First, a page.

doi:10.1251/bpo118
PMCID: PMC1489265  PMID: 16900260
Virus; Interferon; T-lymphocyte; Transgene
11.  Use of chromatin immunoprecipitation (ChIP) to detect transcription factor binding to highly homologous promoters in chromatin isolated from unstimulated and activated primary human B cells 
The Chromatin Immunoprecipiation (ChIP) provides a powerful technique for identifying the in vivo association of transcription factors with regulatory elements. However, obtaining meaningful information for promoter interactions is extremely challenging when the promoter is a member of a class of highly homologous elements. Use of PCR primers with small numbers of mutations can limit cross-hybridization with non-targeted sequences and distinguish a pattern of binding for factors with the regulatory element of interest. In this report, we demonstrate the selective in vivo association of NF-κB, p300 and CREB with the human Iγ1 promoter located in the intronic region upstream of the Cγ1 exons in the immunoglobulin heavy chain locus. These methods have the ability to extend ChIP analysis to promoters with a high degree of homology.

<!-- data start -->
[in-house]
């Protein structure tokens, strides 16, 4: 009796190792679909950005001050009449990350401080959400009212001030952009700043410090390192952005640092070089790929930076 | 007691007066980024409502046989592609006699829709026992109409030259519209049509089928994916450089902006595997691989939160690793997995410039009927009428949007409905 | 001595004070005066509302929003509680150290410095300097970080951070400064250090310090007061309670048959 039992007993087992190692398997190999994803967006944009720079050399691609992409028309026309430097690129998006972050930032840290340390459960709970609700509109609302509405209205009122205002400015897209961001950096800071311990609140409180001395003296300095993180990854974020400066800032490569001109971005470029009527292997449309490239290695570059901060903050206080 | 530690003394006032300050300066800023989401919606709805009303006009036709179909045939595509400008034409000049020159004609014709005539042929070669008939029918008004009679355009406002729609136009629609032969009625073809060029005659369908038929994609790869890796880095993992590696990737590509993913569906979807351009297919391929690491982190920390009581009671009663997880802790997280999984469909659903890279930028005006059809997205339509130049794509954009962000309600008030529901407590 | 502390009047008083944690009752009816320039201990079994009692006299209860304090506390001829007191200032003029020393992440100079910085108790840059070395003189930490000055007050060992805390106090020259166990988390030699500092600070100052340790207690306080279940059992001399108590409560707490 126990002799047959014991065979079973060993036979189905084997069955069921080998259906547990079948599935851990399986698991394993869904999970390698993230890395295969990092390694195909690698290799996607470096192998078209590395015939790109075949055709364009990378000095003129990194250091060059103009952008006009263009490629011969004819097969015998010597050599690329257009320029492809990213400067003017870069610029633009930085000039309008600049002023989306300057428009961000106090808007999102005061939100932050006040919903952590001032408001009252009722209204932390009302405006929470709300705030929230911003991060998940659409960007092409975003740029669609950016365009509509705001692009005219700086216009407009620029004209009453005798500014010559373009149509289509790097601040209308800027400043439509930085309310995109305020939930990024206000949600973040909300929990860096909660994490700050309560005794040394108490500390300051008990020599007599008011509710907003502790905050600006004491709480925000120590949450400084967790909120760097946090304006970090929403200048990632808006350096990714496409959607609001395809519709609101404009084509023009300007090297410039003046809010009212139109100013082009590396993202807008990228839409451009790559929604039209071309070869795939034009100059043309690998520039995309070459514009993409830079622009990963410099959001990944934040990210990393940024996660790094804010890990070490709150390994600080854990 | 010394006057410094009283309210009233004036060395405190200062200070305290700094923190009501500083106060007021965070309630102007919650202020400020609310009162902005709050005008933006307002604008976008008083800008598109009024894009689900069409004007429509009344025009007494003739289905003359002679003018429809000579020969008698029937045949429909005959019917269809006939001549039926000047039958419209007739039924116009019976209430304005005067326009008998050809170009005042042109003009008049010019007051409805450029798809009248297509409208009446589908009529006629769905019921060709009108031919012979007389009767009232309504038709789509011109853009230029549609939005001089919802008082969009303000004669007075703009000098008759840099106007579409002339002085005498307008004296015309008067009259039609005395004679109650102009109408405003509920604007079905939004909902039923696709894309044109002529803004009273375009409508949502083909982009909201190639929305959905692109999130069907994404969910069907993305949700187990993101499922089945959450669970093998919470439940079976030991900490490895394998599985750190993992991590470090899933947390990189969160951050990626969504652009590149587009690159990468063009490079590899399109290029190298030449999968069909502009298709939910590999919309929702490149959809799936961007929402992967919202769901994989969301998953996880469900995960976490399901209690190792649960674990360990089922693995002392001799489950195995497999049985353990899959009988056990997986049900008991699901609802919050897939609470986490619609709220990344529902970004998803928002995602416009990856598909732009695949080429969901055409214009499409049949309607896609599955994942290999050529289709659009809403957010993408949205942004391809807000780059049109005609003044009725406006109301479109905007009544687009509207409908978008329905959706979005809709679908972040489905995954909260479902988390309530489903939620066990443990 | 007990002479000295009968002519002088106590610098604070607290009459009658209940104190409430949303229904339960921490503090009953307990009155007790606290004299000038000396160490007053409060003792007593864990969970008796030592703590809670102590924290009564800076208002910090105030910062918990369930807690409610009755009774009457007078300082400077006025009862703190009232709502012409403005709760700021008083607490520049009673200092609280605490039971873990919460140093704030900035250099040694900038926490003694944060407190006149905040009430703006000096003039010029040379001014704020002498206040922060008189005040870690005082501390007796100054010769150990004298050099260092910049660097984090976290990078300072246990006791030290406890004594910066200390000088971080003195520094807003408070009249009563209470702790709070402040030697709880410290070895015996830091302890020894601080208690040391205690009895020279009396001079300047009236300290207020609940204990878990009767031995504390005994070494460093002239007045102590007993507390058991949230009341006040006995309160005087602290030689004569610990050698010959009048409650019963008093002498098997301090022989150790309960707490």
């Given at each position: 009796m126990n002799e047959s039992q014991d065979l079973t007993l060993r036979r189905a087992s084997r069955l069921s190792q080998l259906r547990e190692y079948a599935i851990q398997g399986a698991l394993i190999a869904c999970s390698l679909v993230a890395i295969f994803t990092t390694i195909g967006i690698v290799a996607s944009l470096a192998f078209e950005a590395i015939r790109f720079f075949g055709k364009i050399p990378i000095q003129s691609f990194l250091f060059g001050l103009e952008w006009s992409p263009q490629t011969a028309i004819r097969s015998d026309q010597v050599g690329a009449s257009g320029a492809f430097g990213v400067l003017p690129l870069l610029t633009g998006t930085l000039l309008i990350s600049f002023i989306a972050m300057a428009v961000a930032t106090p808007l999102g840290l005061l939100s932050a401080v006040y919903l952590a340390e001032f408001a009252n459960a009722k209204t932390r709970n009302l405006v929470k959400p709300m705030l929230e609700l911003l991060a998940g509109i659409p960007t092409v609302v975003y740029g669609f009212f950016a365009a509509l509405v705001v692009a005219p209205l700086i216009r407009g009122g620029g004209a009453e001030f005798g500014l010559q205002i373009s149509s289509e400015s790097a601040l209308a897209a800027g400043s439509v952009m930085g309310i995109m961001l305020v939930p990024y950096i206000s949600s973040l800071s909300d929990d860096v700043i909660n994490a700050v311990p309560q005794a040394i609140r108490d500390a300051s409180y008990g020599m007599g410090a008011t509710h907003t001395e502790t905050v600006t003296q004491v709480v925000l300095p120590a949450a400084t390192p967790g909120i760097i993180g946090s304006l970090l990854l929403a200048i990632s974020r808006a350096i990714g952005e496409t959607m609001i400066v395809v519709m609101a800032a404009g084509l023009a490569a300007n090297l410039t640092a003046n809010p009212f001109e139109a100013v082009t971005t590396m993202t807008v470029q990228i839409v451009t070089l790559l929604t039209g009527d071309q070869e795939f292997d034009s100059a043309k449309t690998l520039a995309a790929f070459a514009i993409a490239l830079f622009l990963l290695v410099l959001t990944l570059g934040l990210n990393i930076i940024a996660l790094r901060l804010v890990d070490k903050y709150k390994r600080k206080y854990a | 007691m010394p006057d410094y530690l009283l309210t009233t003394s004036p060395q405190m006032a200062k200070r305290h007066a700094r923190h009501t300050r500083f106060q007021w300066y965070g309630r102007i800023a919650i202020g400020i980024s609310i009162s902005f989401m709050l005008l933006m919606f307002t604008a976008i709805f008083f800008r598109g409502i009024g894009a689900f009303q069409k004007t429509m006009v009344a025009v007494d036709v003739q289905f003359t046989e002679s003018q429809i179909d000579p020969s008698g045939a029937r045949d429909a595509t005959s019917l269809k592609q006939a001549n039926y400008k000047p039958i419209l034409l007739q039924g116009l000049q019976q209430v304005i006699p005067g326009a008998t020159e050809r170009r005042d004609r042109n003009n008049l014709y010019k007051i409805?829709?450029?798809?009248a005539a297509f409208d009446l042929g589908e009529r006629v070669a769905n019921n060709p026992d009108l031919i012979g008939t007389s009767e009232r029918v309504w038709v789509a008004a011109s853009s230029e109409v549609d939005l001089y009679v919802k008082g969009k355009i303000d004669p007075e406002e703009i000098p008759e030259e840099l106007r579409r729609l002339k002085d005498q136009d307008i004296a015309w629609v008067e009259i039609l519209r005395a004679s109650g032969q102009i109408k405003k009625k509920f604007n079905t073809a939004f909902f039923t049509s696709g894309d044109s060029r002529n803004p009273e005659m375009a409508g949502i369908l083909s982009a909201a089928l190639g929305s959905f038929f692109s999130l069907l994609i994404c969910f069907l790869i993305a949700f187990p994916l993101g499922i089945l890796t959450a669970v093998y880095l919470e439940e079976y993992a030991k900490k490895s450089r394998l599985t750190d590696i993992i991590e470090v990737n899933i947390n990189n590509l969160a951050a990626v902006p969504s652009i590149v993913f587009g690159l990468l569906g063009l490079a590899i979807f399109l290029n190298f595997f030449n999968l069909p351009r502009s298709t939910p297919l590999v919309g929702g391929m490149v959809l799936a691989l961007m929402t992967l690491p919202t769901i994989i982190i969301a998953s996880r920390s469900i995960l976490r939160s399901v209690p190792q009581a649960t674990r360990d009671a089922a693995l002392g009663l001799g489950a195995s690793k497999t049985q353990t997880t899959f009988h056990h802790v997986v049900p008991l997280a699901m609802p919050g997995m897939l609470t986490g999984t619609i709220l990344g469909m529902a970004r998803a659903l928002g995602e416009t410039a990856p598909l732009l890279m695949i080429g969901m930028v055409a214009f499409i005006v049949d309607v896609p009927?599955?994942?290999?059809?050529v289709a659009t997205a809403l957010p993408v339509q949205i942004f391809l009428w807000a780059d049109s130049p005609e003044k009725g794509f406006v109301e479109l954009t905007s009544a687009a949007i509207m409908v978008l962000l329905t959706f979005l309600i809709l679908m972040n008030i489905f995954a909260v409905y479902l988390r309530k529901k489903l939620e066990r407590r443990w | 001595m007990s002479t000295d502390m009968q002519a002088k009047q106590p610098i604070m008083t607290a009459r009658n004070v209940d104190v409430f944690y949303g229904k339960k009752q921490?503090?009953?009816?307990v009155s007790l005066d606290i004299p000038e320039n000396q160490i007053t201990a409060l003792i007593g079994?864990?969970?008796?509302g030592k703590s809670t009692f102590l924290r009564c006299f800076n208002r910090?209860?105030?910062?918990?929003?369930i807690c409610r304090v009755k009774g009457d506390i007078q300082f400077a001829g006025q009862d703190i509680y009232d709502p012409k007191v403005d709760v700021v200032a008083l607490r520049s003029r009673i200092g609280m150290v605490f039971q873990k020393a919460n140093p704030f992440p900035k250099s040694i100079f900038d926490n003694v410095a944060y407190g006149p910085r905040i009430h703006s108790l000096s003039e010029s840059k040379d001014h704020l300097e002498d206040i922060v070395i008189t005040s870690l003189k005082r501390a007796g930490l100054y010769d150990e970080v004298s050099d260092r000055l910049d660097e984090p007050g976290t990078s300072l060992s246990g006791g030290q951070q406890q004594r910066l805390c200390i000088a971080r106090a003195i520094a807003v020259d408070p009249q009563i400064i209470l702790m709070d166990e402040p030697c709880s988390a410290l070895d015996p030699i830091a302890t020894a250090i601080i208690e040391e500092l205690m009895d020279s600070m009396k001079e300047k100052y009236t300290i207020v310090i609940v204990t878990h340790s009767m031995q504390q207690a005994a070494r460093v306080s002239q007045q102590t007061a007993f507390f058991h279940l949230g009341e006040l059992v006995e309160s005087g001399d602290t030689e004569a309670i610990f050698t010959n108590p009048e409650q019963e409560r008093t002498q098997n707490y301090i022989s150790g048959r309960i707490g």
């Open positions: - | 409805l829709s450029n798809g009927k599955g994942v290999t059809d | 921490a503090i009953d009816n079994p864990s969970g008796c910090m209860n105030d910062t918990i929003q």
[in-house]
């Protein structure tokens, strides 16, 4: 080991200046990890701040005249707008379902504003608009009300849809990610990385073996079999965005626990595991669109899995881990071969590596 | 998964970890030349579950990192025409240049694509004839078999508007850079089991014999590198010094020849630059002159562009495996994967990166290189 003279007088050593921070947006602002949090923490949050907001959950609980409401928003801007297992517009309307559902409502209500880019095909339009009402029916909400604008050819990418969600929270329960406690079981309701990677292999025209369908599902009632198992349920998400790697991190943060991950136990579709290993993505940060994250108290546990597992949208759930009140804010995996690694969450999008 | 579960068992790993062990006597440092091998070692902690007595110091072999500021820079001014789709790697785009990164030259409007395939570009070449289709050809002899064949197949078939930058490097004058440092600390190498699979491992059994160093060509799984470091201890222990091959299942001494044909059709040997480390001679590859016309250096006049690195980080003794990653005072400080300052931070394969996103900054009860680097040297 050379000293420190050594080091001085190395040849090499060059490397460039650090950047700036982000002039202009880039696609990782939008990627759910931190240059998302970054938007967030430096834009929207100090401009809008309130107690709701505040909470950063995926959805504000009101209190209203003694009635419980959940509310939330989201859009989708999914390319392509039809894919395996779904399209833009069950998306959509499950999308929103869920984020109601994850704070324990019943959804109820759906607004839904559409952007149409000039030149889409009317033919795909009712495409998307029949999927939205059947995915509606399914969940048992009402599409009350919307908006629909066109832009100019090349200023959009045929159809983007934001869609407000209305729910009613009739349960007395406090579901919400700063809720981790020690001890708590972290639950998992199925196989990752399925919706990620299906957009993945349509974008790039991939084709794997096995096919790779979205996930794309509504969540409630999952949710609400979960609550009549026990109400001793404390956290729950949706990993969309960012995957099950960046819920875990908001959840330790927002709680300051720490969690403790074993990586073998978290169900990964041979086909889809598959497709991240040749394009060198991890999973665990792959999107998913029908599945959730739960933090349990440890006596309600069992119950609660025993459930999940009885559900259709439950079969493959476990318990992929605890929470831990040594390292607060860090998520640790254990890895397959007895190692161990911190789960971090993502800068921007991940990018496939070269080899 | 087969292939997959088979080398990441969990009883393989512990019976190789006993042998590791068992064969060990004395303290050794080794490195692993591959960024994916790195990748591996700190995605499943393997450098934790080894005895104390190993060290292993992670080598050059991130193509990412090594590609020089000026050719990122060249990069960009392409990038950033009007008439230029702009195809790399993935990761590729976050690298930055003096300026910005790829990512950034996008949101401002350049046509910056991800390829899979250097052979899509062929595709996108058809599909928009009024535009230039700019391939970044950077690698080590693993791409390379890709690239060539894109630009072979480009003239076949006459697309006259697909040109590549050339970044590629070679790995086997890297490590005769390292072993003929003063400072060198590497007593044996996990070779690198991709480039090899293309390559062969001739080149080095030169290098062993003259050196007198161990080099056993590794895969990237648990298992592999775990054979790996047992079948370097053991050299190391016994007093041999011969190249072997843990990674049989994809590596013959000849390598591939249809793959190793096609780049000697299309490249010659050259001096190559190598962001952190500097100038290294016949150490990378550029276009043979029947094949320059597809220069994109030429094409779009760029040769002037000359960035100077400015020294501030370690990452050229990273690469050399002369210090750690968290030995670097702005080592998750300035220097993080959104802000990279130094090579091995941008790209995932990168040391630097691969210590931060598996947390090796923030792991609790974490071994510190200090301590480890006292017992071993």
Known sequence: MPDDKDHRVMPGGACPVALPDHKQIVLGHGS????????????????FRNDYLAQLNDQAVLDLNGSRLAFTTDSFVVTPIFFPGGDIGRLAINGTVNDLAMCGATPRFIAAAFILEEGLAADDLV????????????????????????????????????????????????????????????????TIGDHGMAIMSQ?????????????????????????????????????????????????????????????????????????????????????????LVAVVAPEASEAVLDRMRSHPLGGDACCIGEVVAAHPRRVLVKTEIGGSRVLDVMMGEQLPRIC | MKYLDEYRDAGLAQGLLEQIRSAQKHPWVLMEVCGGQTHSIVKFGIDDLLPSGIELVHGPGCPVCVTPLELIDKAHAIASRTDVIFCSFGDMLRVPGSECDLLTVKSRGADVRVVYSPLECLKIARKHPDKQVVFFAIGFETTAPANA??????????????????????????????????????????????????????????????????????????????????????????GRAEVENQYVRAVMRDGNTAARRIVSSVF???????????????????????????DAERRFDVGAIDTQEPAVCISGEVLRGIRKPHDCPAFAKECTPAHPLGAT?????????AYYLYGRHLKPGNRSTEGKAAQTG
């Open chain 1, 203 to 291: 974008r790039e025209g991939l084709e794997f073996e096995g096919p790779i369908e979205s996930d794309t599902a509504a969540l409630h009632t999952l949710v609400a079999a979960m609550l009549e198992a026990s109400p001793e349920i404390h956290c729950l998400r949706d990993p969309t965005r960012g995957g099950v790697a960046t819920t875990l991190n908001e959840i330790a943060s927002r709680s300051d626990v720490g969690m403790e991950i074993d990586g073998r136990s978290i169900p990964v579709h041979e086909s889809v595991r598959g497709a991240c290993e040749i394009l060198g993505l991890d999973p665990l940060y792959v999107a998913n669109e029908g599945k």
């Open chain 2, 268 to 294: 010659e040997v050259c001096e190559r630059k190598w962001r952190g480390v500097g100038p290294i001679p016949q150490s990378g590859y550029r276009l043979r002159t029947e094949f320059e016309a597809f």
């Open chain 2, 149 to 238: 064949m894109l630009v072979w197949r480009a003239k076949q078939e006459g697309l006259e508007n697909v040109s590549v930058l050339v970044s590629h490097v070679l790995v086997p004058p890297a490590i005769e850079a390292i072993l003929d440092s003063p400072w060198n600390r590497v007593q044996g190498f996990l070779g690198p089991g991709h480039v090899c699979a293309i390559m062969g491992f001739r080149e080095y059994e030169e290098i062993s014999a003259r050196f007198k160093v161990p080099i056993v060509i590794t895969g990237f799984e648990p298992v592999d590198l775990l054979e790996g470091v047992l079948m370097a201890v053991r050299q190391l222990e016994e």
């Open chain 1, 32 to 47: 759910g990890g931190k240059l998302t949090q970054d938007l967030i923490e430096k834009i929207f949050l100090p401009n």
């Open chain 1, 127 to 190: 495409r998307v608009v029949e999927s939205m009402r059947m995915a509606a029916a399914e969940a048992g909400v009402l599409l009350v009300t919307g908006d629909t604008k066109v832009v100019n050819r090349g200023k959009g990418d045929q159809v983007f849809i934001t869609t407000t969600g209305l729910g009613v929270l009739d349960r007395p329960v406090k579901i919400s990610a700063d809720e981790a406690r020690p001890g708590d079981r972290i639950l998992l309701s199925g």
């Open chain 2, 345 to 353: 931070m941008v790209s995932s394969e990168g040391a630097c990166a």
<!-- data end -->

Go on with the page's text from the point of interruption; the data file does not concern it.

doi:10.1251/bpo117
PMCID: PMC1455481  PMID: 16799696
Gene Expression Regulation; Transcription Factors; Chromatin Immunoprecipitation; B cells
12.  Cell-based expression cloning for identification of polypeptides that hypersensitize mammalian cells to mitotic arrest 
Microtubule inhibitors such as Vinblastine and Paclitaxel are chemotherapy agents that activate the mitotic spindle checkpoint, arresting cells in mitosis and leading to cell death. The pathways that connect mitotic arrest to cell death are not well characterized. We developed a mammalian cell-based cDNA cloning method to isolate proteins and protein fragments whose expression inhibits colony formation in the presence of microtubule inhibitors. Understanding how these proteins impact cellular responses to microtubule drugs will lead to better understanding of the biochemical pathways connecting mitotic arrest and cell death in mammalian cells and may provide novel targets that can enhance microtubule inhibitor-mediated chemotherapy.
doi:10.1251/bpo116